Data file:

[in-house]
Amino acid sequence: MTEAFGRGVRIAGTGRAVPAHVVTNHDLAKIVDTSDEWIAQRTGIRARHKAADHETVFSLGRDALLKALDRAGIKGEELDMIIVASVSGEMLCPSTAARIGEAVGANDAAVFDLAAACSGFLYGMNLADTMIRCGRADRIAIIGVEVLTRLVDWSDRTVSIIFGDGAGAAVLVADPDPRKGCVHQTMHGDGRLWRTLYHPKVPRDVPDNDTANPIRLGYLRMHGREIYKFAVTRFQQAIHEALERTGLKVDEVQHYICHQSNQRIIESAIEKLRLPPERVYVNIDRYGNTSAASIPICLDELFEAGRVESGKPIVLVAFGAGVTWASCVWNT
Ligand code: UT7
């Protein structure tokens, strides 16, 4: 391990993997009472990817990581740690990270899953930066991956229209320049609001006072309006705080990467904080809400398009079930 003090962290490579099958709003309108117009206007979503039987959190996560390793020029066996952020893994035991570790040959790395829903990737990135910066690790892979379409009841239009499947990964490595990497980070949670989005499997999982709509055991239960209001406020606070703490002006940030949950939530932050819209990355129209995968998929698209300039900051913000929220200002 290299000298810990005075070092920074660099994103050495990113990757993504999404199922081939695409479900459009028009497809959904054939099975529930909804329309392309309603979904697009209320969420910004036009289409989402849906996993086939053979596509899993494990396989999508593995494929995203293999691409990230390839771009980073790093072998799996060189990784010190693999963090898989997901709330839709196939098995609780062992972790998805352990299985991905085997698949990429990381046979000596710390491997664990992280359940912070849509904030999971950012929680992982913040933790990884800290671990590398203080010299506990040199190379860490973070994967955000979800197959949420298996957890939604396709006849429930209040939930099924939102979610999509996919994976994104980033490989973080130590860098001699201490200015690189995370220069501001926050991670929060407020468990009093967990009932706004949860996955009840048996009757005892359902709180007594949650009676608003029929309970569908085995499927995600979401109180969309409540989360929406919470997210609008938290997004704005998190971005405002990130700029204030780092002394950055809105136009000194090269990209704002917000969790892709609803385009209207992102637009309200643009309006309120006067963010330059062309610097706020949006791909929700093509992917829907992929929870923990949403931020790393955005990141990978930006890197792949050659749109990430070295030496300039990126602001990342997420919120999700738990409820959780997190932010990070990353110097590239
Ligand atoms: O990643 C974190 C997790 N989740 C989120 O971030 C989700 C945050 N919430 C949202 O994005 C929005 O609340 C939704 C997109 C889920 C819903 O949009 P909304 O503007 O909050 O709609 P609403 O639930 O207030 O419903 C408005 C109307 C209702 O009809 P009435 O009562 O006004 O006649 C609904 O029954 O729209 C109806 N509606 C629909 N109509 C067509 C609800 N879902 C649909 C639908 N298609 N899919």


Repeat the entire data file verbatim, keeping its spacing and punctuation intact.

[in-house]
Amino acid sequence: MTEAFGRGVRIAGTGRAVPAHVVTNHDLAKIVDTSDEWIAQRTGIRARHKAADHETVFSLGRDALLKALDRAGIKGEELDMIIVASVSGEMLCPSTAARIGEAVGANDAAVFDLAAACSGFLYGMNLADTMIRCGRADRIAIIGVEVLTRLVDWSDRTVSIIFGDGAGAAVLVADPDPRKGCVHQTMHGDGRLWRTLYHPKVPRDVPDNDTANPIRLGYLRMHGREIYKFAVTRFQQAIHEALERTGLKVDEVQHYICHQSNQRIIESAIEKLRLPPERVYVNIDRYGNTSAASIPICLDELFEAGRVESGKPIVLVAFGAGVTWASCVWNT
Ligand code: UT7
């Protein structure tokens, strides 16, 4: 391990993997009472990817990581740690990270899953930066991956229209320049609001006072309006705080990467904080809400398009079930 003090962290490579099958709003309108117009206007979503039987959190996560390793020029066996952020893994035991570790040959790395829903990737990135910066690790892979379409009841239009499947990964490595990497980070949670989005499997999982709509055991239960209001406020606070703490002006940030949950939530932050819209990355129209995968998929698209300039900051913000929220200002 290299000298810990005075070092920074660099994103050495990113990757993504999404199922081939695409479900459009028009497809959904054939099975529930909804329309392309309603979904697009209320969420910004036009289409989402849906996993086939053979596509899993494990396989999508593995494929995203293999691409990230390839771009980073790093072998799996060189990784010190693999963090898989997901709330839709196939098995609780062992972790998805352990299985991905085997698949990429990381046979000596710390491997664990992280359940912070849509904030999971950012929680992982913040933790990884800290671990590398203080010299506990040199190379860490973070994967955000979800197959949420298996957890939604396709006849429930209040939930099924939102979610999509996919994976994104980033490989973080130590860098001699201490200015690189995370220069501001926050991670929060407020468990009093967990009932706004949860996955009840048996009757005892359902709180007594949650009676608003029929309970569908085995499927995600979401109180969309409540989360929406919470997210609008938290997004704005998190971005405002990130700029204030780092002394950055809105136009000194090269990209704002917000969790892709609803385009209207992102637009309200643009309006309120006067963010330059062309610097706020949006791909929700093509992917829907992929929870923990949403931020790393955005990141990978930006890197792949050659749109990430070295030496300039990126602001990342997420919120999700738990409820959780997190932010990070990353110097590239
Ligand atoms: O990643 C974190 C997790 N989740 C989120 O971030 C989700 C945050 N919430 C949202 O994005 C929005 O609340 C939704 C997109 C889920 C819903 O949009 P909304 O503007 O909050 O709609 P609403 O639930 O207030 O419903 C408005 C109307 C209702 O009809 P009435 O009562 O006004 O006649 C609904 O029954 O729209 C109806 N509606 C629909 N109509 C067509 C609800 N879902 C649909 C639908 N298609 N899919």